China and Russia get the lion’s share of global public attention for state-sponsored hacking and repression for the sheer scale of their operations. But U.S. allies like Saudi Arabia are often among the worst offenders.
For example, some of the Middle East’s most ruthless suppressors of dissent, including Saudi Arabia, the United Arab Emirates and Bahrain, buy spyware from the Israeli company NSO Group. These governments have used NSO’s Pegasus software to hack into the phones of numerous human rights activists and critics — often well beyond their own borders.
Sometimes the autocrats running these regimes have purely personal motives, as in the case of Dubai’s ruler Sheikh Mohammed bin Rashid Al Maktoum. A British court found that he used Pegasus to spy on his ex-wife and several of his children.
The public only learned of this because an NSO Group official called a prominent British lawyer late one night to tip her off about the surveillance. As bad as the sheikh’s abuse of Pegasus was, more alarming is that NSO Group knew he was using their technology for illicit ends. In this case, senior managers felt sufficiently exposed to blow the whistle, but the firm has not divulged what it may know about other abuses by its clients.
Nor is NSO Group alone in selling spyware to police forces and intelligence services known to abuse human rights. The Israeli firms Candiru and Cyberbit are in the same business. Products from the German company Finfisher and the Italian firm Hacking Team (now rebranded Memento Labs after a 2015 scandal) have also been linked to abuses.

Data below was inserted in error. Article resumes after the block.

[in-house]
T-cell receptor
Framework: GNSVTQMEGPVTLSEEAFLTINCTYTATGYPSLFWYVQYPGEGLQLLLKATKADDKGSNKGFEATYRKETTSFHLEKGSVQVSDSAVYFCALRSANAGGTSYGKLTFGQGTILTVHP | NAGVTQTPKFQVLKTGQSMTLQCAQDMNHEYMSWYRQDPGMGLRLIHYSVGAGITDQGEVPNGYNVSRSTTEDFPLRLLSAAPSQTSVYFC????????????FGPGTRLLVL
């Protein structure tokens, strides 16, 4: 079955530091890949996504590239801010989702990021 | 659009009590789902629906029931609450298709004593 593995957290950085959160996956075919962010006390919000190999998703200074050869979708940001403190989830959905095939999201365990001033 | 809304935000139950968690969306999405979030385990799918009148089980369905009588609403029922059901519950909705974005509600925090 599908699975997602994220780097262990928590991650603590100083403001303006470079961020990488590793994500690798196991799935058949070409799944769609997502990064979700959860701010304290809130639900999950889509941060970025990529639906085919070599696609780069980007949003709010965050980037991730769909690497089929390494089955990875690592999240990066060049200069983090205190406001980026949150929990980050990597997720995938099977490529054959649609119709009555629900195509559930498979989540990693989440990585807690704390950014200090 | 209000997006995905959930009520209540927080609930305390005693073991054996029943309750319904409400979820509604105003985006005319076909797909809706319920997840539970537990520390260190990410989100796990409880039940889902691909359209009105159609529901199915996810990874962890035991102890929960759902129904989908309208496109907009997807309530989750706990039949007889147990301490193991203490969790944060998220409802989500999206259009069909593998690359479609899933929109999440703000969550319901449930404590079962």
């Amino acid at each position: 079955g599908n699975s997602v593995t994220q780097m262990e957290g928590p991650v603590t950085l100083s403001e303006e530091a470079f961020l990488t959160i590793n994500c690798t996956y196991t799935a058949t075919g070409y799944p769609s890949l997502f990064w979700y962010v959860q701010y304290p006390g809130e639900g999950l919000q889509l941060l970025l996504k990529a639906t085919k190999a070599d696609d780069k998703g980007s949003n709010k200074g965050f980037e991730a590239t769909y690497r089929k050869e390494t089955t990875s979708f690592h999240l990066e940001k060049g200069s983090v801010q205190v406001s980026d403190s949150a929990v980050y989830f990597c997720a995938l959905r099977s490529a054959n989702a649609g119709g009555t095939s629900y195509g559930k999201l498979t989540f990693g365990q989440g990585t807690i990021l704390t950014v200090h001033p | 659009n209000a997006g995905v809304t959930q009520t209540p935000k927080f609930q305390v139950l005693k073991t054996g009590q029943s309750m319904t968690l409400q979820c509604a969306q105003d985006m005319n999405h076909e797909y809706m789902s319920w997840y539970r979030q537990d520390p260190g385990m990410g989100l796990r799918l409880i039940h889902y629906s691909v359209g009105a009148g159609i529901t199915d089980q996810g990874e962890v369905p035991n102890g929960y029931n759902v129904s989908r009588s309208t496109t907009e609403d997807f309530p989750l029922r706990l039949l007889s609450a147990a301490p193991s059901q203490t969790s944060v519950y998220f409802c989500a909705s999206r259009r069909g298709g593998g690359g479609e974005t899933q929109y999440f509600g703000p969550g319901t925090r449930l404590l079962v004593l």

NSO has reportedly terminated its contracts with Saudi Arabia and the United Arab Emirates, saying they misused Pegasus. But corporate self-enforcement is not enough. Democratic governments must send a clear message to these companies: that they will face export bans, and senior company staff will face sanctions if their products are used to violate human rights.
Another important step would be for the U.S. Commerce Department and its counterparts in Britain, the European Union and other democracies to expand the use of blacklists that restrict trade with companies enabling abuse. The Commerce Department already includes NSO Group, Candiru, Russian company Positive Technologies and the Singaporean firm Computer Security Initiative Consultancy on its “Entity List,” meaning that those outfits can’t buy components from U.S. sellers without a special license. But a broader global campaign of this kind could go further.
Finally, democratic countries should establish transparent, uniform rules for using spyware. This past week, the White House hosted a virtual Summit for Democracy of global leaders with the express purpose of fighting authoritarianism and promoting human rights. As this coalition gets to work, spyware should be at the top of its agenda.
Clearly, we have entered a new era of electronic espionage and digital repression. Only by enacting stronger regulatory and legal protections can democracies ensure their survival, enable free speech to flourish and safeguard their citizens’ well-being.